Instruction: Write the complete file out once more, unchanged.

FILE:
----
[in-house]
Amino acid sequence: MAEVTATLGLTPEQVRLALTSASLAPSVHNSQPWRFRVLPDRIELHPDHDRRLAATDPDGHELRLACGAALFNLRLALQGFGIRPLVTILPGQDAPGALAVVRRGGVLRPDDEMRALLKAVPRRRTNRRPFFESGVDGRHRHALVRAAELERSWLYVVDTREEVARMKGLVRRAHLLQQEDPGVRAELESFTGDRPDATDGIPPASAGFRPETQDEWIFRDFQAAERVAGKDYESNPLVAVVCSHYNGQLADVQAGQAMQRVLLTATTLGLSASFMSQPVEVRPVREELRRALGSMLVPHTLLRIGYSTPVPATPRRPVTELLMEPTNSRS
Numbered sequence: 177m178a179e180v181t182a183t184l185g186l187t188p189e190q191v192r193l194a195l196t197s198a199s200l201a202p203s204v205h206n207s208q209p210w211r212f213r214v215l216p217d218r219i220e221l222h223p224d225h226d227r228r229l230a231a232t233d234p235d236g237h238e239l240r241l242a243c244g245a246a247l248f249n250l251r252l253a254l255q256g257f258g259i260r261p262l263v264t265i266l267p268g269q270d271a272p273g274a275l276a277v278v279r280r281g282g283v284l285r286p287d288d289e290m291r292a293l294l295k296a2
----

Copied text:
[in-house]
Amino acid sequence: MAEVTATLGLTPEQVRLALTSASLAPSVHNSQPWRFRVLPDRIELHPDHDRRLAATDPDGHELRLACGAALFNLRLALQGFGIRPLVTILPGQDAPGALAVVRRGGVLRPDDEMRALLKAVPRRRTNRRPFFESGVDGRHRHALVRAAELERSWLYVVDTREEVARMKGLVRRAHLLQQEDPGVRAELESFTGDRPDATDGIPPASAGFRPETQDEWIFRDFQAAERVAGKDYESNPLVAVVCSHYNGQLADVQAGQAMQRVLLTATTLGLSASFMSQPVEVRPVREELRRALGSMLVPHTLLRIGYSTPVPATPRRPVTELLMEPTNSRS
Numbered sequence: 177m178a179e180v181t182a183t184l185g186l187t188p189e190q191v192r193l194a195l196t197s198a199s200l201a202p203s204v205h206n207s208q209p210w211r212f213r214v215l216p217d218r219i220e221l222h223p224d225h226d227r228r229l230a231a232t233d234p235d236g237h238e239l240r241l242a243c244g245a246a247l248f249n250l251r252l253a254l255q256g257f258g259i260r261p262l263v264t265i266l267p268g269q270d271a272p273g274a275l276a277v278v279r280r281g282g283v284l285r286p287d288d289e290m291r292a293l294l295k296a2